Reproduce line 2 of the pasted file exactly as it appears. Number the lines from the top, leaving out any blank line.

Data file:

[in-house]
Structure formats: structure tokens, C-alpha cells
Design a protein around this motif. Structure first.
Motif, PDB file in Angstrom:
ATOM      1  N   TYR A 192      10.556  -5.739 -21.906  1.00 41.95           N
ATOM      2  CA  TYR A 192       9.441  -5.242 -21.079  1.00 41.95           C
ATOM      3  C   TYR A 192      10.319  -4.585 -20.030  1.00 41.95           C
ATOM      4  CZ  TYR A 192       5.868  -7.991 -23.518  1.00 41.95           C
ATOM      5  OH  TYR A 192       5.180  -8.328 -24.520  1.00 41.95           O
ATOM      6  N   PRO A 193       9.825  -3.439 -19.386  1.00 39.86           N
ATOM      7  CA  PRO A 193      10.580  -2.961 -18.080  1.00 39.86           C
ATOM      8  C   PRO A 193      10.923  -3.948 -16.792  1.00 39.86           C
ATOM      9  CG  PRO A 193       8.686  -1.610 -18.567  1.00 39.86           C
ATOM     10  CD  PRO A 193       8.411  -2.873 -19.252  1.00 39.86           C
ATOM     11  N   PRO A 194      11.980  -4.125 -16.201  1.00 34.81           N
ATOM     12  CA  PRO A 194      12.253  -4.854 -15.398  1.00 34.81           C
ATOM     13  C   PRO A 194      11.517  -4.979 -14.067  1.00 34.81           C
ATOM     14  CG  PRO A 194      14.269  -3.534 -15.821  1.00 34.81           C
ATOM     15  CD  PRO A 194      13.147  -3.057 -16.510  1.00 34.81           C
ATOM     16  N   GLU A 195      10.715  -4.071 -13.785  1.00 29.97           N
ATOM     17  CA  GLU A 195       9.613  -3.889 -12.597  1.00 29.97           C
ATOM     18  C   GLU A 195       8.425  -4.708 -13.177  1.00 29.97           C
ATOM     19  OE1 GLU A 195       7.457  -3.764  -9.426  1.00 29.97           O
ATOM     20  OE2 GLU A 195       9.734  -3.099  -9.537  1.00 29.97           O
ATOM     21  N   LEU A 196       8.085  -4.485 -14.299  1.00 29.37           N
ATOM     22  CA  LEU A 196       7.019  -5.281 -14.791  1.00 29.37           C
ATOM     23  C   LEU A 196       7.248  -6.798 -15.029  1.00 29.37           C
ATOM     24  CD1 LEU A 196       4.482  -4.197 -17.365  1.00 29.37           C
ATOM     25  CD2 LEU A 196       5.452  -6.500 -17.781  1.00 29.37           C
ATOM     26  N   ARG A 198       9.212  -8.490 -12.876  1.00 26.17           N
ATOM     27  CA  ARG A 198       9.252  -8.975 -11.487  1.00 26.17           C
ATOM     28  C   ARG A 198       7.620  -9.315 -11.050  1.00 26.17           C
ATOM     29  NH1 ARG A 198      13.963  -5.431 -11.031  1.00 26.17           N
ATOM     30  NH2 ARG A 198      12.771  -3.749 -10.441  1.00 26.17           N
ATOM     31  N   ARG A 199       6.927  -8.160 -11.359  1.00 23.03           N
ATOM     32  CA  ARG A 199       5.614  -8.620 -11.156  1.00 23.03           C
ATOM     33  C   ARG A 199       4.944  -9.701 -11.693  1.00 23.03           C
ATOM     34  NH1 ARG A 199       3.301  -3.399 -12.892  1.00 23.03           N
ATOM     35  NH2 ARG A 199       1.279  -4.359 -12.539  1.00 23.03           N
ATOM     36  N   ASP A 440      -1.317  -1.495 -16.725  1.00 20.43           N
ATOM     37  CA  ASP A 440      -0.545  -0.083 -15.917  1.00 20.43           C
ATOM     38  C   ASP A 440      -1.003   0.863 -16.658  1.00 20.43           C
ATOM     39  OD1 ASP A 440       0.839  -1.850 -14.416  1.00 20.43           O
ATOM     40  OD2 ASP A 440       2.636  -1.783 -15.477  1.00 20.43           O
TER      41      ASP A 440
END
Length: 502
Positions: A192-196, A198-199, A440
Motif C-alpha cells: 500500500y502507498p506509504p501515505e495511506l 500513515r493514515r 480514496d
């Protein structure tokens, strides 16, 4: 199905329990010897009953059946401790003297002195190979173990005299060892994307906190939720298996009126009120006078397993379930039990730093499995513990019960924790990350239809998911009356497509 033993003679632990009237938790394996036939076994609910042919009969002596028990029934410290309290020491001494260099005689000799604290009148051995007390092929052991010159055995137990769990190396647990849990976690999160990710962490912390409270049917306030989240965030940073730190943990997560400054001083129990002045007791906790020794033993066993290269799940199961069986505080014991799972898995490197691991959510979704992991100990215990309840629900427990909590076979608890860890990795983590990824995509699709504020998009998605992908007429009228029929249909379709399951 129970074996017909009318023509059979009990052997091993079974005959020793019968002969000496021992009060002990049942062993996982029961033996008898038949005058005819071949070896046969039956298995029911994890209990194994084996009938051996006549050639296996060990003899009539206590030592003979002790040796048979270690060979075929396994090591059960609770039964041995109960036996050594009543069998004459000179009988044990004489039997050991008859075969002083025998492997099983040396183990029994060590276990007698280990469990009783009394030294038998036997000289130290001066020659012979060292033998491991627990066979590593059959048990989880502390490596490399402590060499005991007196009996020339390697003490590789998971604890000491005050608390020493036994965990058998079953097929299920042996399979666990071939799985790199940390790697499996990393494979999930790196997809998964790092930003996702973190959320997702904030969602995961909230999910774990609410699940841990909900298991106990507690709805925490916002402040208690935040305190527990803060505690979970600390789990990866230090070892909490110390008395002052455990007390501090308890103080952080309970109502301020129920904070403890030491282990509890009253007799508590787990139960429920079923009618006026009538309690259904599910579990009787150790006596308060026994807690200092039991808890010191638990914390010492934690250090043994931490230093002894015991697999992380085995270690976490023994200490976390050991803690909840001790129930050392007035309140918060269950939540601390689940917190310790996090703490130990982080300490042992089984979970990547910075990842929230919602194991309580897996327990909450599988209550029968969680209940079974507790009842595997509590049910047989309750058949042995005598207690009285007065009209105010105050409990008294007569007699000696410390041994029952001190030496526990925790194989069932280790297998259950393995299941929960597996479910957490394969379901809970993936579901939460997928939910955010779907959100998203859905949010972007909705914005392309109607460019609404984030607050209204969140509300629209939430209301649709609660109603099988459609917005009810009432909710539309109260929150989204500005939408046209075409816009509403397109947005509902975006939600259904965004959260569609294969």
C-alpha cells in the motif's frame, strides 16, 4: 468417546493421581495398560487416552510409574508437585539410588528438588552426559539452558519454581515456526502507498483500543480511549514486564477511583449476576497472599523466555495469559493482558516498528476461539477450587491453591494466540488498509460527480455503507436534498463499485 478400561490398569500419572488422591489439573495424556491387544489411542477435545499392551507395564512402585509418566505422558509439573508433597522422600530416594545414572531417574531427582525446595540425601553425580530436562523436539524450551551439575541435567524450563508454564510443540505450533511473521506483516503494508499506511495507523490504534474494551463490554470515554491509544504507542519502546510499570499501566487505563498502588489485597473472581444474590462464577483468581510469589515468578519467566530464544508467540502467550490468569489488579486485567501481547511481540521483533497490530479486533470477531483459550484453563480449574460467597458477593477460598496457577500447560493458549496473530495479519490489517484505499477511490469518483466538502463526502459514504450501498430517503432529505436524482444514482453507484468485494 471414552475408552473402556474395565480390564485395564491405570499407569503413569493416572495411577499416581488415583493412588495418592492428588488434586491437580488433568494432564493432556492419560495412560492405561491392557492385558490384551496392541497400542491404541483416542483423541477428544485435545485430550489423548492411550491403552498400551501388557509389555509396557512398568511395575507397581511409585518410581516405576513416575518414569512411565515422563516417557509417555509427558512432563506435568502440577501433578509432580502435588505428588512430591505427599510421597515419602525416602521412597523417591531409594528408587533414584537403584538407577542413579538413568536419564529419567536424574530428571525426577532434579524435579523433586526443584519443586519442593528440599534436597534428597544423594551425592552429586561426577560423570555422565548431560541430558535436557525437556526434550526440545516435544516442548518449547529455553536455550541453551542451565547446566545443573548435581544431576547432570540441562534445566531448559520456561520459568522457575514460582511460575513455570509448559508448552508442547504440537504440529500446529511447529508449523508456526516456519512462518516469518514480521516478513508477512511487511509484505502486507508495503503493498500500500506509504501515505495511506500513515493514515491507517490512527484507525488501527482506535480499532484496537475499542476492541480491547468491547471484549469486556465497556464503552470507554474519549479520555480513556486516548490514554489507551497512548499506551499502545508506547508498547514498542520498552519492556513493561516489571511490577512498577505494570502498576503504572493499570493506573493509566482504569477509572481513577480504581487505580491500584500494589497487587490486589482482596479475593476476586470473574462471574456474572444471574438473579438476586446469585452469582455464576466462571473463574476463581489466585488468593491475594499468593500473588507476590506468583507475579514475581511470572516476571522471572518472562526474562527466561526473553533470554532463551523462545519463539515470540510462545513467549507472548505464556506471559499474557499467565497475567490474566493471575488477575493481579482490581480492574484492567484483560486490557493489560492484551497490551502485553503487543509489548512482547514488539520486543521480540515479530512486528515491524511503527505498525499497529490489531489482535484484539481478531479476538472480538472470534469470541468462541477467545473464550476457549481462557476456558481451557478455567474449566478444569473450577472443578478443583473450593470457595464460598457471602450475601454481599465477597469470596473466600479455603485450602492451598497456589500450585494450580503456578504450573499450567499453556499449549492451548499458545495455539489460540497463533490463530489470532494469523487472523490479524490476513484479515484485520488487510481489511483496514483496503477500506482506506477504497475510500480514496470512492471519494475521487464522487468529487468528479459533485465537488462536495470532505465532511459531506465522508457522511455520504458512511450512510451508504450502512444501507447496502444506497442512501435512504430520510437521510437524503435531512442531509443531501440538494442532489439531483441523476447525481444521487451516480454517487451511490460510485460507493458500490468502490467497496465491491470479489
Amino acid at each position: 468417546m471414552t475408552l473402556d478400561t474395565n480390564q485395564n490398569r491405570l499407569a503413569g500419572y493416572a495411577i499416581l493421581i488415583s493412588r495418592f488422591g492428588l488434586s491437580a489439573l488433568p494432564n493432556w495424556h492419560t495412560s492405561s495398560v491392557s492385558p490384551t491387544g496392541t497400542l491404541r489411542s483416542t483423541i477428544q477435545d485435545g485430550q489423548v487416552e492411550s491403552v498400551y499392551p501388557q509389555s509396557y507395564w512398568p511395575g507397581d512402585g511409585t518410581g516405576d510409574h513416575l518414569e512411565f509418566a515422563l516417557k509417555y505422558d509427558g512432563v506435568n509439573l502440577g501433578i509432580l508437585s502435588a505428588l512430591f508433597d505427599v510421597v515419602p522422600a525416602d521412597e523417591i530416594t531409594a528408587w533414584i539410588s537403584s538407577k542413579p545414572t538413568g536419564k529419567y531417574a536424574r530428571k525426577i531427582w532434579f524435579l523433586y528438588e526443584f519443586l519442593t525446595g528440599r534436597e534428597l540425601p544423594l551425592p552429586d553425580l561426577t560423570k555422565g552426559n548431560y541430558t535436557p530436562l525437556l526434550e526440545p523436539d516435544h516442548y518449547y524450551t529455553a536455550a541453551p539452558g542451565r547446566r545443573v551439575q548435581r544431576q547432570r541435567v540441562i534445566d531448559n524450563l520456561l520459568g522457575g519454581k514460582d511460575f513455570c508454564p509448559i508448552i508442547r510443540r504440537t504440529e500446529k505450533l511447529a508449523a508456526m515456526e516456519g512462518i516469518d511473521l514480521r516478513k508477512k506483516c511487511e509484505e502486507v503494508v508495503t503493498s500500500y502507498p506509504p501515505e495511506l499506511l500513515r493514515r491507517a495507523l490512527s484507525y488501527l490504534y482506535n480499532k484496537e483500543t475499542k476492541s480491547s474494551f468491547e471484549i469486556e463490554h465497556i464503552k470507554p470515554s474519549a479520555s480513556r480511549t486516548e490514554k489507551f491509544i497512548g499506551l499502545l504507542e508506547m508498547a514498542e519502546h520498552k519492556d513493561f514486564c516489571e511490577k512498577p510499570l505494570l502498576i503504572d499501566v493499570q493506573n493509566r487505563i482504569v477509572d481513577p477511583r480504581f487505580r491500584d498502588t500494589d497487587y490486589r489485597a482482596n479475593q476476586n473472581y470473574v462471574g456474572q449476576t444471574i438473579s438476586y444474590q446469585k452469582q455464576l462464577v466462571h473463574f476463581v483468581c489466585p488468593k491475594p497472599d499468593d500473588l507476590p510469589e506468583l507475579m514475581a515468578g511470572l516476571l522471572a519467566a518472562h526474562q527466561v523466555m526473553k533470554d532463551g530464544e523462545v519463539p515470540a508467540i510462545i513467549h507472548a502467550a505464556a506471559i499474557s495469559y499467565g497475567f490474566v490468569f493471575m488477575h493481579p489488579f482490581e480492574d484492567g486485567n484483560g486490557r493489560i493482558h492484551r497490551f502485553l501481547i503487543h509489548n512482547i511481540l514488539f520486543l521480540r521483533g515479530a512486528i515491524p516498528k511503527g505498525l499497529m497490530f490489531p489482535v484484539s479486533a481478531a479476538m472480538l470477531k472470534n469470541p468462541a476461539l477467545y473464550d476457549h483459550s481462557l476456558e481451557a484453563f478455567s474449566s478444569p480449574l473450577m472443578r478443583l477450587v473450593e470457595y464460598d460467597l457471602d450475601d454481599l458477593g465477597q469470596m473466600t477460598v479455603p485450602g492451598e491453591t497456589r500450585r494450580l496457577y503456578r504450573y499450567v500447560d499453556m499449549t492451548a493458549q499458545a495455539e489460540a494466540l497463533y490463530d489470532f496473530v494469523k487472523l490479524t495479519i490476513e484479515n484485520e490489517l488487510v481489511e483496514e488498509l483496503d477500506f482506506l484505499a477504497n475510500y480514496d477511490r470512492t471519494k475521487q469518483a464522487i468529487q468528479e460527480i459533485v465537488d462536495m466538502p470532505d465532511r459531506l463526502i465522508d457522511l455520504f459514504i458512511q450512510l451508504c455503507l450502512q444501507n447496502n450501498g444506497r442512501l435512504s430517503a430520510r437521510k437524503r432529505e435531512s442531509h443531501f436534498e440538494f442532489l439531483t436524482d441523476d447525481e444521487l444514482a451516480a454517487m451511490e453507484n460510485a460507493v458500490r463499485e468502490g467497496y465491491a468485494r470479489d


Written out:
Structure formats: structure tokens, C-alpha cells